THOUGH there are many views on 'inclusive growth', the key consensus is that inclusive growth is a growth process which reduces poverty, inequality and social exclusion and promotes 'decent' jobs and economic and social cohesion. A 'decent' job is referred to as a productive job for women and men in conditions of freedom, equality, security and human dignity. It also involves opportunities for work that deliver a fair income, provides security in the workplace and social protection for workers and their families (ILO, 2011, Working with the ILO – Decent Work and System Wide Coherence, Geneva).
The economy of the country had been growing at a rate of above five percent over the last two decades. There are arguments that such growth in Bangladesh has been largely 'inclusive' in nature and that Bangladesh has been successful in generating 'good' jobs by improving farm-non-farm, rural-urban inter-industry inter-sectoral labour mobility at a relatively low skill level that had poverty reducing and social cohesion enhancing effects (Mahabub Hossain, Binayak Sen and Yasuyuki Sawada, 2012, Jobs, Growth and Development: Making of the “Other” Bangladesh, WDR 2013 Background Paper). Such claims demand careful examination as it is not clear what the definition of 'good' job is in the context of Bangladesh's economy. It is equally important to understand what needs to be done in the transition toward a regime of 'decent' jobs.
'Decent' jobs should be regarded as a dynamic and progressive phenomenon. There could be three stages for moving toward attaining a 'decent' job. The first stage is the 'good-enough' job which shows the transition from no job to job or from unpaid family job to paid-job. The second stage is the 'good' job which shows the transition from 'good-enough' job to job with better return, formal job security and enhanced workers' rights. The third stage is the 'decent' job, which is the transition from 'good' job to a state of productive employment in compliance with agreed international standards of working environment and workers' rights.
Apart from the RMG, employment in all other sectors has largely been for men, and mostly informal in nature. Rise in employment in agriculture, both in the crop and non-crop sectors, has been associated with agricultural growth and rise in agricultural real wage, with virtually no progress towards 'good' jobs. Rise in employment in the rural non-farm and urban informal sectors has also happened without much progress towards the creation of 'good' jobs in these sectors. For men, such expansion has helped them to move out from unemployment or unpaid family labour to 'good-enough' jobs. For women, employment in the RMG sector, in most cases, is a manifestation of the transition from no labour force participation or unpaid family jobs to paid-jobs. Such paid-jobs in most of the RMG factories are largely 'good-enough' in nature, which however have also contributed to the reduction in poverty and generating growth in Bangladesh.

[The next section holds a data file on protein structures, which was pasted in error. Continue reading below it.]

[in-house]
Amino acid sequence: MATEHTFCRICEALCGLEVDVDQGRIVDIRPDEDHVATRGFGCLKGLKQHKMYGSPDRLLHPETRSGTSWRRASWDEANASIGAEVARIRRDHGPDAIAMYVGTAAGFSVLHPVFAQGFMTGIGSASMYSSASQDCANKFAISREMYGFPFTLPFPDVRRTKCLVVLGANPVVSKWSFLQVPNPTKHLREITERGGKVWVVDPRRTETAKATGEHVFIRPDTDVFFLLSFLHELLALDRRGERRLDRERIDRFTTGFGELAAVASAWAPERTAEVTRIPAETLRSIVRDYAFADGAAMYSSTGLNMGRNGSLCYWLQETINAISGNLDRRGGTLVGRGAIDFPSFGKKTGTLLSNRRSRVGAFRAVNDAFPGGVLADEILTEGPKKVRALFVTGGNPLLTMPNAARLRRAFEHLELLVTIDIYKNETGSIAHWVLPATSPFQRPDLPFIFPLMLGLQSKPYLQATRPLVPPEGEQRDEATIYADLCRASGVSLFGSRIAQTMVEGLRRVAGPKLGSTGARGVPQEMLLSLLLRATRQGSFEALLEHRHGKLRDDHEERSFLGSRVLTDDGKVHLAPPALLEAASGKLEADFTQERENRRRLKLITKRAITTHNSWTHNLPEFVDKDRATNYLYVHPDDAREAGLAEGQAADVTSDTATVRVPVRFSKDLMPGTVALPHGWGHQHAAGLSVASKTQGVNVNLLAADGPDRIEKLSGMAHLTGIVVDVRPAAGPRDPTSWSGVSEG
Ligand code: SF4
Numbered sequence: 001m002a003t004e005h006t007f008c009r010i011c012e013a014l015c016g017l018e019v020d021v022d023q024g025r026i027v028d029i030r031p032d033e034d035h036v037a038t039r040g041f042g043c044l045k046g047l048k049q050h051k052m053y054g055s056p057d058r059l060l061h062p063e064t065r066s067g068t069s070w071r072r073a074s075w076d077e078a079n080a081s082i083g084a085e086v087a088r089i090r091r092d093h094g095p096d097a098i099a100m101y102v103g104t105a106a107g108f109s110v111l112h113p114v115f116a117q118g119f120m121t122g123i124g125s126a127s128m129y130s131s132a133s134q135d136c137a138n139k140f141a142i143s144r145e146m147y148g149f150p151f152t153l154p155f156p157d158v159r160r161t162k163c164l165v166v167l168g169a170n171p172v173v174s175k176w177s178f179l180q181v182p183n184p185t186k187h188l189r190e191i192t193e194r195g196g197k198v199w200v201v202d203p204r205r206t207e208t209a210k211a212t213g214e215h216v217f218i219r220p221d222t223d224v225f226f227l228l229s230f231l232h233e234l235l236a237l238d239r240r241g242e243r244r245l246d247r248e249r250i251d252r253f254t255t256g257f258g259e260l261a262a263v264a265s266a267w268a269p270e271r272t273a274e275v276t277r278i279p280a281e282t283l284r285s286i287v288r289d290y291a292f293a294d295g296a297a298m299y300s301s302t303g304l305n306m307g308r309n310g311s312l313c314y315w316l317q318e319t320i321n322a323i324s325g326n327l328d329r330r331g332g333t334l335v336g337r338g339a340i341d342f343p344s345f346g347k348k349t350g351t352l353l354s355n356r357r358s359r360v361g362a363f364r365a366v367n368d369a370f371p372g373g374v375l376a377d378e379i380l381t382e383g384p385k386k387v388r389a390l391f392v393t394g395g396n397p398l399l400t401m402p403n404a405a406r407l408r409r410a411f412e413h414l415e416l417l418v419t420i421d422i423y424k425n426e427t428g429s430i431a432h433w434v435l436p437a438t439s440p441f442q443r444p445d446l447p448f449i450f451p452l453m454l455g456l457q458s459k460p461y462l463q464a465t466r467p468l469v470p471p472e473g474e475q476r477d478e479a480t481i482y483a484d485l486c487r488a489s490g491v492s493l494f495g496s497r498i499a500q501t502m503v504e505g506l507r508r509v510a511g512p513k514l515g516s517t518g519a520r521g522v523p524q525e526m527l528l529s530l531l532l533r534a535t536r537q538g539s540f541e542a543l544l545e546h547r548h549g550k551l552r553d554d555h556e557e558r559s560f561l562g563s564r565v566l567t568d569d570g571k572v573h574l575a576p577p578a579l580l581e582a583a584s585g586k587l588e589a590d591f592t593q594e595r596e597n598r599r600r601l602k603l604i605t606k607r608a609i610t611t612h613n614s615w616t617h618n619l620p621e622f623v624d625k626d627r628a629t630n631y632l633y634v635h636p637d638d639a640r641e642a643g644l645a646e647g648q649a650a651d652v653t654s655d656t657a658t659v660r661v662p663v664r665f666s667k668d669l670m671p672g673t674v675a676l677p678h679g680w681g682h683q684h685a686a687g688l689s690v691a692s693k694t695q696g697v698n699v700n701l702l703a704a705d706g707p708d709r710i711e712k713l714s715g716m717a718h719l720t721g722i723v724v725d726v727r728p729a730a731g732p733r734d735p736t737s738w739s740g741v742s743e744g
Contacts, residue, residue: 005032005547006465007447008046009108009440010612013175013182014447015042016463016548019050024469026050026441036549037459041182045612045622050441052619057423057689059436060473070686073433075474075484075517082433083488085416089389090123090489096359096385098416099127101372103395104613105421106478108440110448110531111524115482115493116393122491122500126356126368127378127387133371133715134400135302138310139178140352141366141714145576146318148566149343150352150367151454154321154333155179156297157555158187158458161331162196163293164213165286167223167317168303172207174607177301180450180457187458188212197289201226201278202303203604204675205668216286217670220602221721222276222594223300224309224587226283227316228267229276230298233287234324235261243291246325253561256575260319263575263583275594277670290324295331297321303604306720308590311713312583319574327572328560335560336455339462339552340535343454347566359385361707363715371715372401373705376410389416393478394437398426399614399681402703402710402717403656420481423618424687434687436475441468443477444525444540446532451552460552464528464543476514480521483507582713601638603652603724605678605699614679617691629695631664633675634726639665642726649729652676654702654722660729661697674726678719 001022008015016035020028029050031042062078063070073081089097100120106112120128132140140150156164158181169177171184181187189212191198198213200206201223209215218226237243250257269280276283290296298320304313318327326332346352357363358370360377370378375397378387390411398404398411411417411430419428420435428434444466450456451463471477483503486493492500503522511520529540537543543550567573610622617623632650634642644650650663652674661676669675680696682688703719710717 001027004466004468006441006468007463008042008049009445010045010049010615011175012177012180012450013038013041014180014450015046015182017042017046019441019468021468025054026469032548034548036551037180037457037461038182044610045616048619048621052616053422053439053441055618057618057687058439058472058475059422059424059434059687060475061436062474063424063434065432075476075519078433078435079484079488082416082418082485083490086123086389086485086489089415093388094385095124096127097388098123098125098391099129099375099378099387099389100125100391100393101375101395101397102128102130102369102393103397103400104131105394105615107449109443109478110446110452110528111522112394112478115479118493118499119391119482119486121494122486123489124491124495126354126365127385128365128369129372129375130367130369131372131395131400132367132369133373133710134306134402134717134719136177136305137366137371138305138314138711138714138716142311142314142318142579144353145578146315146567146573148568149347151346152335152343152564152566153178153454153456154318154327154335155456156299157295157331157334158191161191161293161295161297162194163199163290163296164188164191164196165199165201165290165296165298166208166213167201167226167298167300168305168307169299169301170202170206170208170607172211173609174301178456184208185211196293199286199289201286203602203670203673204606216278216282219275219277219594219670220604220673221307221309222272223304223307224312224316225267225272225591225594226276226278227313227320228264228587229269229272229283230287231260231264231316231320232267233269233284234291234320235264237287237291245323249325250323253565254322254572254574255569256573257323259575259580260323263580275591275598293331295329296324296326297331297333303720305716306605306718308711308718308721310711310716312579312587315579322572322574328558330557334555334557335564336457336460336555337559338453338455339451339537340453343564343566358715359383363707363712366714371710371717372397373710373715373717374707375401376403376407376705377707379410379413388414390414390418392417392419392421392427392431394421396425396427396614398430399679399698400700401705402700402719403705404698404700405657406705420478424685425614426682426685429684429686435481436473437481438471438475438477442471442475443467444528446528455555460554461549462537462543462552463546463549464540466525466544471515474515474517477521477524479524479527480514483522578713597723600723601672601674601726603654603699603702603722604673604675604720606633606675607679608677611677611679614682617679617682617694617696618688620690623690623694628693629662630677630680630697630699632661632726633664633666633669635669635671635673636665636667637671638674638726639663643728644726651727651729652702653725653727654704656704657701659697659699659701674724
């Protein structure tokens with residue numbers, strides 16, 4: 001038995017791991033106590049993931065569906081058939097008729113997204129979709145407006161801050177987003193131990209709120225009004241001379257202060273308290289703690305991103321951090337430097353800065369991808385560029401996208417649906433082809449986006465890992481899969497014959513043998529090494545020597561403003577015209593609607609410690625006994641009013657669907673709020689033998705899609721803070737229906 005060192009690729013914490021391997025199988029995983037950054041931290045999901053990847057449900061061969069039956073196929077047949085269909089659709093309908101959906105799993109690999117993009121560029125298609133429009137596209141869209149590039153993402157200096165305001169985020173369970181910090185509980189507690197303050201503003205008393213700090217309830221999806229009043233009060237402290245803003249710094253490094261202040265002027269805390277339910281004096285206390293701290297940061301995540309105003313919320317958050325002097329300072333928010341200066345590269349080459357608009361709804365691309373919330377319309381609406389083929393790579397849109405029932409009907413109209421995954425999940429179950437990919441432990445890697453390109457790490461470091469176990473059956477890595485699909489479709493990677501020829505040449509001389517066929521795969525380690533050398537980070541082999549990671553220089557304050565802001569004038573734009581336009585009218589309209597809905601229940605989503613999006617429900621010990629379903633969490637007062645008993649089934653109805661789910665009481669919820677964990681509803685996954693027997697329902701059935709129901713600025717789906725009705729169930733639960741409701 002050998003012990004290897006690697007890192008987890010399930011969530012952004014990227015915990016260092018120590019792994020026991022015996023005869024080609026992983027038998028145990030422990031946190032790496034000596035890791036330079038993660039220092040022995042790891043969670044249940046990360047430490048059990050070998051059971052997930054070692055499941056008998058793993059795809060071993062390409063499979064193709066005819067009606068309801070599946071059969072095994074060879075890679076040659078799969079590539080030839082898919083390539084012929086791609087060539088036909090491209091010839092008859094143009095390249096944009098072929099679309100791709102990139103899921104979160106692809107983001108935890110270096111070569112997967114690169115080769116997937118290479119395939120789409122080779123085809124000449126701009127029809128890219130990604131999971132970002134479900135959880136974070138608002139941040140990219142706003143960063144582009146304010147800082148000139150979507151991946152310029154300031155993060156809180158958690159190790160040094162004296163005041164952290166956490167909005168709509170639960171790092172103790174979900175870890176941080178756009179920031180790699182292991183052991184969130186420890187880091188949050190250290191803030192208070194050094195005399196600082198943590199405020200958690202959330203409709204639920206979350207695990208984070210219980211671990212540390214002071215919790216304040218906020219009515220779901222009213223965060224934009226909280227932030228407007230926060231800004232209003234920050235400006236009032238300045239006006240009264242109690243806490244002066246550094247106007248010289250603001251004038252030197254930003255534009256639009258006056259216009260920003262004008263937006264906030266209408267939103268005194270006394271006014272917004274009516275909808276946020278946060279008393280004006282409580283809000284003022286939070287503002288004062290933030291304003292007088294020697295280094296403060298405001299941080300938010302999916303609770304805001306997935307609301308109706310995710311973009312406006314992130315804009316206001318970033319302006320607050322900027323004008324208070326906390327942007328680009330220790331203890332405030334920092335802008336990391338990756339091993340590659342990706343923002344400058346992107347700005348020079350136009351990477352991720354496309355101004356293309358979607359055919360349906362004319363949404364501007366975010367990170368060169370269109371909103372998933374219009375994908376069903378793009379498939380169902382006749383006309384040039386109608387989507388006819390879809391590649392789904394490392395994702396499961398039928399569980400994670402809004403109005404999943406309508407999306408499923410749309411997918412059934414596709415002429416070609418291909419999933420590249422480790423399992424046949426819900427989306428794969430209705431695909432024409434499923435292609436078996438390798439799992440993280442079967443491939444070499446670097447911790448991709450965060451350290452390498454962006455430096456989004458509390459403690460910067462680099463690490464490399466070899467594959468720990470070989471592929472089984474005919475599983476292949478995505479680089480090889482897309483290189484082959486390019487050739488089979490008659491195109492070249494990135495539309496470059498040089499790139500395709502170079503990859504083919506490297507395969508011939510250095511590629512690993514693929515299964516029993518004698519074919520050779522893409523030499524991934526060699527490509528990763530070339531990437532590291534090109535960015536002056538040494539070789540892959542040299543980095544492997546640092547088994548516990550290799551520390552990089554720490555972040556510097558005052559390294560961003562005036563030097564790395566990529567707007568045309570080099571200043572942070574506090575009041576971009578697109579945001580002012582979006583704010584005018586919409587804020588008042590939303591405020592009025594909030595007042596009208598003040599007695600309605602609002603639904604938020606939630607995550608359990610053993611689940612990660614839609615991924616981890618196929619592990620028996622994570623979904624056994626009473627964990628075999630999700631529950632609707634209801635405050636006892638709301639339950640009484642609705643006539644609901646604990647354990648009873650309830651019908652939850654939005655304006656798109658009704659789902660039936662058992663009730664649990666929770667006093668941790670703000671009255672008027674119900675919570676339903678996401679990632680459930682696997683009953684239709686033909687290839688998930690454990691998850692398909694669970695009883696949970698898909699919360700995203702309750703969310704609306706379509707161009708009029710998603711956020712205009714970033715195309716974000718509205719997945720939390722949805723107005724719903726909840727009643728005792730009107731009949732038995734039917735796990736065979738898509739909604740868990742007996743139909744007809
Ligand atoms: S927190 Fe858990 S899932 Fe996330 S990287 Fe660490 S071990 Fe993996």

It is equally important to understand the quality of structural transformation that has happened in the process of economic growth in Bangladesh. Though the share of industrial sector in GDP has increased from around 20 percent in the early 1990s to around 30 percent by late 2000s, with a simultaneous reduction in the share of agricultural sector, there is still a long way to go for the creation of large scale 'good' jobs in the urban sectors. This will require both quantitative and qualitative changes in the current pattern of structural transformation of the economy. The economy is yet to have a strong and diversified manufacturing base, which requires supporting macroeconomic, trade and industrial policies and removal of policy-induced and supply-side constraints.
In the near future, for the promotion of inclusive growth, the challenge of Bangladesh's economy is how to transition from the current state of 'good-enough' jobs to large scale 'good' jobs. In the medium to long term, the prospect of inclusive growth in Bangladesh would depend on how the growth momentum would be able to generate successful transition toward a state of 'decent' job.
The writer is Professor, Department of Economics, University of Dhaka, Bangladesh, and Executive Director, South Asian Network on Economic Modeling (SANEM).